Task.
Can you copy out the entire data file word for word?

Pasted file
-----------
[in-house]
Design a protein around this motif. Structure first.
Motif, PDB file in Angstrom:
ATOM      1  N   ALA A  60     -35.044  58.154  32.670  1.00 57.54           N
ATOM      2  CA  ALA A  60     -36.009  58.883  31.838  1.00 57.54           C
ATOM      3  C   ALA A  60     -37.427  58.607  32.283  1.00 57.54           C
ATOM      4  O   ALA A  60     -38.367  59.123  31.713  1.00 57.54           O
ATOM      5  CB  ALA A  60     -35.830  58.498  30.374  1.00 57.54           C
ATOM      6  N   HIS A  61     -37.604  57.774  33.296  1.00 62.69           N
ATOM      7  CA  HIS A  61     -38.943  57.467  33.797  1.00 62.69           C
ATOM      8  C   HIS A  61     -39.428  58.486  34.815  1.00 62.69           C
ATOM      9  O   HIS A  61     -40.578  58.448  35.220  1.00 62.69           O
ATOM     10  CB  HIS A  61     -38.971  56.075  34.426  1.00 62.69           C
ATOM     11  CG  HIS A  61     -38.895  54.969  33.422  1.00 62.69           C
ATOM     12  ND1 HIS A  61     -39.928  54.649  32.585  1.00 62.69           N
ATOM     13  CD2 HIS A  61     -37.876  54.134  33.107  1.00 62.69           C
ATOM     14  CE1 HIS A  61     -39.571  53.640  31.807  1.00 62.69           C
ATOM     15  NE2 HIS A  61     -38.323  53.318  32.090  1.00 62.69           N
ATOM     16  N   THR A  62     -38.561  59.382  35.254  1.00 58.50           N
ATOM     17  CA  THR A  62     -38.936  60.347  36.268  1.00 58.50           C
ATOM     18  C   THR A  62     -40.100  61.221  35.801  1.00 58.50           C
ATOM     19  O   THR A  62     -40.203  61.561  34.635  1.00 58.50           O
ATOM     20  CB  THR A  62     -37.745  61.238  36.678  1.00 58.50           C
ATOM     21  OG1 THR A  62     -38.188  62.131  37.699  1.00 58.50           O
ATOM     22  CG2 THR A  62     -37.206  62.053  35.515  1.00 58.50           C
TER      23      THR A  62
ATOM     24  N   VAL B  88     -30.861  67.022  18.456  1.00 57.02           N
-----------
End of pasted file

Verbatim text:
[in-house]
Design a protein around this motif. Structure first.
Motif, PDB file in Angstrom:
ATOM      1  N   ALA A  60     -35.044  58.154  32.670  1.00 57.54           N
ATOM      2  CA  ALA A  60     -36.009  58.883  31.838  1.00 57.54           C
ATOM      3  C   ALA A  60     -37.427  58.607  32.283  1.00 57.54           C
ATOM      4  O   ALA A  60     -38.367  59.123  31.713  1.00 57.54           O
ATOM      5  CB  ALA A  60     -35.830  58.498  30.374  1.00 57.54           C
ATOM      6  N   HIS A  61     -37.604  57.774  33.296  1.00 62.69           N
ATOM      7  CA  HIS A  61     -38.943  57.467  33.797  1.00 62.69           C
ATOM      8  C   HIS A  61     -39.428  58.486  34.815  1.00 62.69           C
ATOM      9  O   HIS A  61     -40.578  58.448  35.220  1.00 62.69           O
ATOM     10  CB  HIS A  61     -38.971  56.075  34.426  1.00 62.69           C
ATOM     11  CG  HIS A  61     -38.895  54.969  33.422  1.00 62.69           C
ATOM     12  ND1 HIS A  61     -39.928  54.649  32.585  1.00 62.69           N
ATOM     13  CD2 HIS A  61     -37.876  54.134  33.107  1.00 62.69           C
ATOM     14  CE1 HIS A  61     -39.571  53.640  31.807  1.00 62.69           C
ATOM     15  NE2 HIS A  61     -38.323  53.318  32.090  1.00 62.69           N
ATOM     16  N   THR A  62     -38.561  59.382  35.254  1.00 58.50           N
ATOM     17  CA  THR A  62     -38.936  60.347  36.268  1.00 58.50           C
ATOM     18  C   THR A  62     -40.100  61.221  35.801  1.00 58.50           C
ATOM     19  O   THR A  62     -40.203  61.561  34.635  1.00 58.50           O
ATOM     20  CB  THR A  62     -37.745  61.238  36.678  1.00 58.50           C
ATOM     21  OG1 THR A  62     -38.188  62.131  37.699  1.00 58.50           O
ATOM     22  CG2 THR A  62     -37.206  62.053  35.515  1.00 58.50           C
TER      23      THR A  62
ATOM     24  N   VAL B  88     -30.861  67.022  18.456  1.00 57.02           N